Mr. Diao: I have two. One is Bernardo Bertolucci’s The Last Emperor, Ryuichi Sakamoto’s score was fantastic in it. And there’s a Japanese film called The Twilight Samurai, which is about Japanese samurai.
Justin joked that the only film he knew about samurai was the one which Tom Cruise starred in. Mr. Diao then asked Justin if he has any film he saw recenly that inspired him in terms of classical menswear.
Justin: I do have one actually, Martin Scorsese’s Casino, we just did a new movie list and it included this film. The film is set in 1970s in Las Vagas, where Robert DeNiro plays a Jewish guy working at a casino. The jackets he wore in that film were very colourful, very bold, and the cut was nice, which reminds me of Jamen a lot. He also appreciates colour, and he certainly nails the look. I think it’s nice to add a bit more colours into your daily wardrobe.
Justin: is there any place in Beijing you want to recommend to our readers?
Mr. Diao: There’s a Chitterlings Hotpot joint that I love in Santitun, but there’s always a queue. And every time I wore a suit to that restaurant, I would carry that smell with me on my suit when I leave. I had to hang it up at the balcony for two days to air it out, haha!
Mr. Diao: in Xinchengguoji, there’s a Japanese whisky bar called Ge Lang. It is a speakeasy. I used to go there a lot.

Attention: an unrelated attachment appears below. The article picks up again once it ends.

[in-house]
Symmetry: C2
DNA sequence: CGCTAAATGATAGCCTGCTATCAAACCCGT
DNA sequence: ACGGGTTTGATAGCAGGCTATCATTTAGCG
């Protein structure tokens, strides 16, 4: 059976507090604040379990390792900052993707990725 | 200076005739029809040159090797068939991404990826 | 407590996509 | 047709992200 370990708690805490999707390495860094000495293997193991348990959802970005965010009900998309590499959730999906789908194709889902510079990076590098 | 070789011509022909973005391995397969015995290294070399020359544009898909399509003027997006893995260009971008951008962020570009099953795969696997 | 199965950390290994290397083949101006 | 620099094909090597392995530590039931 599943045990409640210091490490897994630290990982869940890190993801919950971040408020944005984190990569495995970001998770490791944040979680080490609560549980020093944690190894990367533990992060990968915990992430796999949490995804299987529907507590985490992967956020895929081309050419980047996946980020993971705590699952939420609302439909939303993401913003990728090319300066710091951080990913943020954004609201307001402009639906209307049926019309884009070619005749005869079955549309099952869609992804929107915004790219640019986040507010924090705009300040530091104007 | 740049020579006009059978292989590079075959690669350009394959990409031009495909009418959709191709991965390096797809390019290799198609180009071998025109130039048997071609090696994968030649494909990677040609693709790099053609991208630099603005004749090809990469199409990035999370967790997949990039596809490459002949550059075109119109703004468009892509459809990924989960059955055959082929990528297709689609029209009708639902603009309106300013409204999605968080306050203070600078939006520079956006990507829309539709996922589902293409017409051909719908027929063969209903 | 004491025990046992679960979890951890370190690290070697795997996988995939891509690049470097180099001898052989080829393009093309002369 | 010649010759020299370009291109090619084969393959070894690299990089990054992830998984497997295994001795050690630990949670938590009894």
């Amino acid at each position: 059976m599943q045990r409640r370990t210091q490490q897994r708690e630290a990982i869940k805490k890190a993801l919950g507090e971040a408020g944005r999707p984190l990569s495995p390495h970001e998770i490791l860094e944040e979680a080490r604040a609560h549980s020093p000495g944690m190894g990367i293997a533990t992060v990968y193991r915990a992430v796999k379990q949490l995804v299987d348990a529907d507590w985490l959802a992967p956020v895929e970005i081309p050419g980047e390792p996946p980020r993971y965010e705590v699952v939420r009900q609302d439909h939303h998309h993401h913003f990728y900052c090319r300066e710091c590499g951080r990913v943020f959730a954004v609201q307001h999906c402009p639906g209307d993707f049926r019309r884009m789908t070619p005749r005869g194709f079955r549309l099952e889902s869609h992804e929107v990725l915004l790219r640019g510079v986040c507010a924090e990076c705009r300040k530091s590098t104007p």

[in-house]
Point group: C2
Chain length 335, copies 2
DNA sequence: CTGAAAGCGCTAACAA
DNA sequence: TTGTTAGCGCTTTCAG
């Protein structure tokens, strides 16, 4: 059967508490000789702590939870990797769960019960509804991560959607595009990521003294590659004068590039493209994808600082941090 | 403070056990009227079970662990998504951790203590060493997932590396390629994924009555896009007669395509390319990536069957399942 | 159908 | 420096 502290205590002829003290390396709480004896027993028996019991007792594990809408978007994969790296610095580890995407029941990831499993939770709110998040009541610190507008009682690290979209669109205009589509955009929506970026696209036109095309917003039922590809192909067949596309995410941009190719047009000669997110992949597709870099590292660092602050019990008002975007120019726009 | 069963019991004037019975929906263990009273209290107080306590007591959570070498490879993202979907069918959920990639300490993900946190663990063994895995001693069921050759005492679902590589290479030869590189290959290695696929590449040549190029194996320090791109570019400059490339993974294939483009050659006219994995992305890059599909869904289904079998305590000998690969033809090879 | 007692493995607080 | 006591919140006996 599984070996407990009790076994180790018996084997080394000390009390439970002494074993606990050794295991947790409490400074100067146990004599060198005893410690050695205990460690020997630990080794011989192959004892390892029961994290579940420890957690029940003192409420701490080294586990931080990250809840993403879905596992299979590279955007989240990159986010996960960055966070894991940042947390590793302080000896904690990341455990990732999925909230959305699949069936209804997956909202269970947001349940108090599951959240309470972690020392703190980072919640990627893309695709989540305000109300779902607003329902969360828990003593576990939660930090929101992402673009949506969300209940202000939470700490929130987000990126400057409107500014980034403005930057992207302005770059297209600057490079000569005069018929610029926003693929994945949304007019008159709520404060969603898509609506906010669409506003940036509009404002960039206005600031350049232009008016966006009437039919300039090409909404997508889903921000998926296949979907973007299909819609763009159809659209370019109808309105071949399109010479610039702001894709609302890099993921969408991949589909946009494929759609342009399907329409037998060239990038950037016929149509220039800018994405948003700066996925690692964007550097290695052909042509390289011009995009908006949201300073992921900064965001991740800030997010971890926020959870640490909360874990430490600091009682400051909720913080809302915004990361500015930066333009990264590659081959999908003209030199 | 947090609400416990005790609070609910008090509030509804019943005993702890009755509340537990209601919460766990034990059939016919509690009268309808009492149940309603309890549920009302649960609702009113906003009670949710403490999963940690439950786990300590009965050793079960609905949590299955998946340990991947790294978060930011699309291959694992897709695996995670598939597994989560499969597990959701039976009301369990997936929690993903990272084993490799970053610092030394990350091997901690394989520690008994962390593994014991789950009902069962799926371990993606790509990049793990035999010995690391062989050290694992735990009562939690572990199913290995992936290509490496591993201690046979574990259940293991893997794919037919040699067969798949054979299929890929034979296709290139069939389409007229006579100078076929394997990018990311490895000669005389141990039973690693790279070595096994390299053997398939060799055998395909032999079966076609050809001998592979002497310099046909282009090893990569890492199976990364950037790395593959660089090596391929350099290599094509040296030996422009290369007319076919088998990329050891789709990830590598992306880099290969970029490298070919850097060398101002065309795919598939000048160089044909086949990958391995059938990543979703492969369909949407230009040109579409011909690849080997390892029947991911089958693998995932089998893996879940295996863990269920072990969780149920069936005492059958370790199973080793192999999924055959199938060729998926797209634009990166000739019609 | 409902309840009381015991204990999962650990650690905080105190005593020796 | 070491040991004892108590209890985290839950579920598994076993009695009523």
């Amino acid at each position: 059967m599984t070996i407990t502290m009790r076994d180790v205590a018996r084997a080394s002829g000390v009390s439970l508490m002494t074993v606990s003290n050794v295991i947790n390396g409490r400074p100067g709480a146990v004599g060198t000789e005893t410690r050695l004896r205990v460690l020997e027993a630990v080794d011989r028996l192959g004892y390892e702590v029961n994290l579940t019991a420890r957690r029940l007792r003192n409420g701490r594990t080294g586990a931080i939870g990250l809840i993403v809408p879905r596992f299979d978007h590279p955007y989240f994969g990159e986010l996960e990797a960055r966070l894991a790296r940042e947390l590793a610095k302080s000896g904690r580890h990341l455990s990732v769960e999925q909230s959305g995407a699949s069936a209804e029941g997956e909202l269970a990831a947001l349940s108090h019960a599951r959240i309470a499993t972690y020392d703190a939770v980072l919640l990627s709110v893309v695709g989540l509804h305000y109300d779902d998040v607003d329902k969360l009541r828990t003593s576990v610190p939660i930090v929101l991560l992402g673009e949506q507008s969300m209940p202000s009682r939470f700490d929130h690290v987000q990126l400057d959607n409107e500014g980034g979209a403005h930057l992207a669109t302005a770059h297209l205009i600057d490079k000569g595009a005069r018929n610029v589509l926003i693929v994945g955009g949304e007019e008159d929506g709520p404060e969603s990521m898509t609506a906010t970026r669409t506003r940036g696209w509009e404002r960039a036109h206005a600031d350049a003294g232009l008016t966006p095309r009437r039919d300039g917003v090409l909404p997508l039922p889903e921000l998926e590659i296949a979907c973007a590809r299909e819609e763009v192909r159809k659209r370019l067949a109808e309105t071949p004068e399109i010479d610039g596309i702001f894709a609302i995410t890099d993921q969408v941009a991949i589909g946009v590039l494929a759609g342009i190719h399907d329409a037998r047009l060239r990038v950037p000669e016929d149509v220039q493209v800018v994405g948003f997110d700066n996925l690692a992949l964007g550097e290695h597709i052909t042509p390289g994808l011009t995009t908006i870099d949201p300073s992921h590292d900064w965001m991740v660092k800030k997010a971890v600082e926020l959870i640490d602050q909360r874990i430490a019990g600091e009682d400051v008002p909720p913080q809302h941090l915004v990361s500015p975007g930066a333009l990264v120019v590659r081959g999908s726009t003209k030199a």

After knowing Mr. Diao for years, we realised we never really asked where his hometown is.
Mr. Diao: I was born in Yangzhou, Jiangsu province. I went to elementary school and junior high in Hainan, then I went to Shanghai for college, stayed four years.
Justin: so how do you like it here in Beijing?
Mr. Diao: I’m from the South, so natually I would have to take sometime to get used to the weather here. However, I really don’t enjoy feeling cold in a room, here we have central heating, which is a blessing. So I like it here.
Mr. Diao: and if I didn’t come to Beijing, I wouldn’t have met you guys! I think we should call it ‘fate’.
In fact, right after the interview, we learned that Mr. Diao is moving back to Shanghai soon, which we’re kind of sad to see a good friend go. “I can always come back!” he says to us, “and I can come to your trunk shows in Shanghai.” hopefully when things get better, and we’ll be able to travel more often to see our friends in Shanghai, and other cities in the world.
Interviewer: Justin Writer: Carrie Photographer: Adora, Suzy Produced by PRINCIPLE M